Had to happen

Word today that Hulu logois saying they will probably begin charging for content in 2010. And I’ve barely discovered how to get the good stuff. So long as the networks themselves don’t charge . . . but of course they eventually will. They will have to. Revenue has to come from somewhere.

8 responses to “Had to happen

  1. Nope. Television revenues are fully derived from advertising sales and, even in this climate, are still vastly profitable.

    Indeed, the local broadcast units of the major media companies are the cash cows of those conglomerates.

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    • Then I’ll start worrying about print instead! Mags and newspapers charges for content are already underway. The new model I’m hearing about is less ‘subscription’ ala the Wall St Journal, and more like a micro charge to your ‘account’ each time you use a site. However it all shakes out, I imagine changes are comin’.

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  2. Yeah, both traditional print and web-based media are where the reader / user charges are gong to hit and/or hit harder.

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  3. The Energy and Commerce Committee has attached net neutrality and open access mandates to the almost $3 billion in grants and loans for the new network build-outs to make broadband accessible for supposedly under-served and rural areas.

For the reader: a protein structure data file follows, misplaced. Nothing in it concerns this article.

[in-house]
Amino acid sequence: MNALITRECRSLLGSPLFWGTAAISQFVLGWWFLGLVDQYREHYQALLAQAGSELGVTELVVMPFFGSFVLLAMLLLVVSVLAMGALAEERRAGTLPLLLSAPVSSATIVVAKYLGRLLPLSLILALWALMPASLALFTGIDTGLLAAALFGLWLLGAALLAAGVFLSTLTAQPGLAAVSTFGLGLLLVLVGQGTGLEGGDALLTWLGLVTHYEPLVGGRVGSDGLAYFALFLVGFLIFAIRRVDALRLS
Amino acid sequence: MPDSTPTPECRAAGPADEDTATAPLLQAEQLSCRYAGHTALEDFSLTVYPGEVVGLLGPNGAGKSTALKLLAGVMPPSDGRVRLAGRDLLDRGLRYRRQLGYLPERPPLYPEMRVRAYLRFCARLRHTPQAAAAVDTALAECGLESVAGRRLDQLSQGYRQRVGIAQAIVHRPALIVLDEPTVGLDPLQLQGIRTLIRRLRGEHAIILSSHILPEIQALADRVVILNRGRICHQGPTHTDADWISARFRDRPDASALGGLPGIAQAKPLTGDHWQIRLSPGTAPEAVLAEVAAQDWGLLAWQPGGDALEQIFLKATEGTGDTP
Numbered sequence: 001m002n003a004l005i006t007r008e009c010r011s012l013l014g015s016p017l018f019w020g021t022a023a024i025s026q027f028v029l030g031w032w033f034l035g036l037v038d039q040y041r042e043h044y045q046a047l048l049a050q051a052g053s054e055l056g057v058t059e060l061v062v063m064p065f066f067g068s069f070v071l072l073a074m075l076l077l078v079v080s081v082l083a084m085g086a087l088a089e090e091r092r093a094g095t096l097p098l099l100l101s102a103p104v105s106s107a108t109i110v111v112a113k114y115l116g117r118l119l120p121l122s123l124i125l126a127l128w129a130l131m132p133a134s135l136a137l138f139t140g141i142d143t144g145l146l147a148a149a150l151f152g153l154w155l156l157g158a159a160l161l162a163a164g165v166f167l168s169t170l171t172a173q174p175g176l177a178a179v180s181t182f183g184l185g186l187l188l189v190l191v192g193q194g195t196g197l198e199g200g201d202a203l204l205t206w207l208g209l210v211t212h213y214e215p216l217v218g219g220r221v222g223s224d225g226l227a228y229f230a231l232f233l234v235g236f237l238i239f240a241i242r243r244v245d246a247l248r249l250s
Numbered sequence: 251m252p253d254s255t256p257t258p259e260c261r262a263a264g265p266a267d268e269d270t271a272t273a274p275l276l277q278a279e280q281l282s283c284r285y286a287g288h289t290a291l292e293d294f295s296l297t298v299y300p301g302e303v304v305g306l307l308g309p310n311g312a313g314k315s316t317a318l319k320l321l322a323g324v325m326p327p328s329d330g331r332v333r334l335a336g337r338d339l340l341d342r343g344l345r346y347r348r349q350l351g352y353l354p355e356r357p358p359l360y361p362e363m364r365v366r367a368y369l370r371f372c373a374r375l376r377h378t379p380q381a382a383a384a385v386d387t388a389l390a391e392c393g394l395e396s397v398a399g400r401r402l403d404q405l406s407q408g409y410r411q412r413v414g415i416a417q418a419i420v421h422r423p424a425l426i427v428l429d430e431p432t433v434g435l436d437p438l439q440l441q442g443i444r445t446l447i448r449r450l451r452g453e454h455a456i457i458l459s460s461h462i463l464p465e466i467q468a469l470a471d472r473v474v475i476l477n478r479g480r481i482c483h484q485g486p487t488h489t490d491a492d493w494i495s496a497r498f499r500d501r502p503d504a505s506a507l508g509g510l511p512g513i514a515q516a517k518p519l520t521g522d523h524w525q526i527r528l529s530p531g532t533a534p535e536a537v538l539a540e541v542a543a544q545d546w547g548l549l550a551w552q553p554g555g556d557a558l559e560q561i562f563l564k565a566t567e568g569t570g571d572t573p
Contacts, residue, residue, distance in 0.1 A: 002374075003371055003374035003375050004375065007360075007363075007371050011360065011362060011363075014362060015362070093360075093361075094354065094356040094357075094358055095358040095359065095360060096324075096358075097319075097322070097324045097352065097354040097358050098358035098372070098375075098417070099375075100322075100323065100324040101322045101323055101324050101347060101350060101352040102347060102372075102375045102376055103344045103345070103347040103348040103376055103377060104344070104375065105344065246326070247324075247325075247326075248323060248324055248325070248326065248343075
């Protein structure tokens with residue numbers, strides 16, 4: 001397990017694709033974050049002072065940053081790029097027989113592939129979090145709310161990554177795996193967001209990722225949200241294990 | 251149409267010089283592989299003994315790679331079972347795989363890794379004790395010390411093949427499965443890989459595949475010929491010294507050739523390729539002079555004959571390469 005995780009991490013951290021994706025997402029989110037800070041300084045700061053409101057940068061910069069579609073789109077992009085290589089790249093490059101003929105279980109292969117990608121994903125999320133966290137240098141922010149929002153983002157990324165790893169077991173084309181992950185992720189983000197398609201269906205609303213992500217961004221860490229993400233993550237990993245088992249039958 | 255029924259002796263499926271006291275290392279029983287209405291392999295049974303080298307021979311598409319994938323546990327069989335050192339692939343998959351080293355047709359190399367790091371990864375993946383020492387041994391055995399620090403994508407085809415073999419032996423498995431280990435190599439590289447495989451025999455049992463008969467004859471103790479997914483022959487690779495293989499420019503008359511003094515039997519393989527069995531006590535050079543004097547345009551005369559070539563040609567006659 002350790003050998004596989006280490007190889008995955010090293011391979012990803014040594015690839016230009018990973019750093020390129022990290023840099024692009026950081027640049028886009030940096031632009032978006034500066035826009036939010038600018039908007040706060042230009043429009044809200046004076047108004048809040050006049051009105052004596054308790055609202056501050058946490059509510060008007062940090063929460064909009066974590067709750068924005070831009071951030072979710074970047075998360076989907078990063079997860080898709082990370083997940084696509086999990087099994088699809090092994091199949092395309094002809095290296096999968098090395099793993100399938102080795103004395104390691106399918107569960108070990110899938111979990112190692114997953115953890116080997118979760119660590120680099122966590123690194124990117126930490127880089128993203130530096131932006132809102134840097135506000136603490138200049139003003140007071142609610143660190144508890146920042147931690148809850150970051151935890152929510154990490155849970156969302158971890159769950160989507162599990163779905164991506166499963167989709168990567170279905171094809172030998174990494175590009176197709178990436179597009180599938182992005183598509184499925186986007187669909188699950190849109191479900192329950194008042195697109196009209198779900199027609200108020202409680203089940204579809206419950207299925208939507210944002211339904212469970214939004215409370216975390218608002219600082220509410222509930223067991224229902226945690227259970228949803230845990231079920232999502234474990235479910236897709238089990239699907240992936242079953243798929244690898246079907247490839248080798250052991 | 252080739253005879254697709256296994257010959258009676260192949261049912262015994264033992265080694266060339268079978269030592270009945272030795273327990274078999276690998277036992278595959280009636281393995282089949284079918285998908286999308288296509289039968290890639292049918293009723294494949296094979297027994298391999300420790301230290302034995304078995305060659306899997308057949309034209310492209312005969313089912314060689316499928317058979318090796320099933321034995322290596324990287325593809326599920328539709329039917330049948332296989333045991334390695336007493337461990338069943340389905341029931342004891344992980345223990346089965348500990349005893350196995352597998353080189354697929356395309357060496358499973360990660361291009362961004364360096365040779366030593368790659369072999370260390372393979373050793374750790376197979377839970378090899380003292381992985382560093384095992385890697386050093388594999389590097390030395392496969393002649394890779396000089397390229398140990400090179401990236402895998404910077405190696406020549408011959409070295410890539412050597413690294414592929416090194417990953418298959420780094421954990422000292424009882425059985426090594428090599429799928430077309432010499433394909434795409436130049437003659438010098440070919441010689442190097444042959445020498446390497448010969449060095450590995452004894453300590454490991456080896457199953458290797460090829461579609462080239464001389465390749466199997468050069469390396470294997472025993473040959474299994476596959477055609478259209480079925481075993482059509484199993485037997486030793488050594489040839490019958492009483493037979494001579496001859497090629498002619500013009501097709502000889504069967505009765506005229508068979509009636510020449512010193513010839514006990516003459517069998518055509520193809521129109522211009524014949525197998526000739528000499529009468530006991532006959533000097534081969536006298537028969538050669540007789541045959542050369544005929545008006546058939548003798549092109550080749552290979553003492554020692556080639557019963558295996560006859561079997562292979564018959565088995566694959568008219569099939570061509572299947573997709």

While formal legislation mandating net neutrality probably won’t happen – it’s already died in committee in the Senate twice – it will become defacto practice due to the FCC, at least for the near-term future.

    That’s my “guesstimate” at least.

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    • That’s very good news. I knew you’d know. Let us hope it passes out of congress as a very robust piece of legislation. This’ll really piss off the media giants. Which is a good thing.

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      • I think you mistake my meaning. I don’t think it will pass through Congress at all. I just think that the FCC – i.e. the Executive – will tie to various funding projects and backdoor it into effect.

        This is easier but less persistent than legislative action would be – and also less pervasive, since it wouldn’t affect companies not requesting funding.

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        • I agree that legislative action is by far the better choice and the most lasting.

          If the FCC is looking to step into the interim, at least it signals the administration is on the side of the interwebs on this one.

          Fingers firmly crossed.

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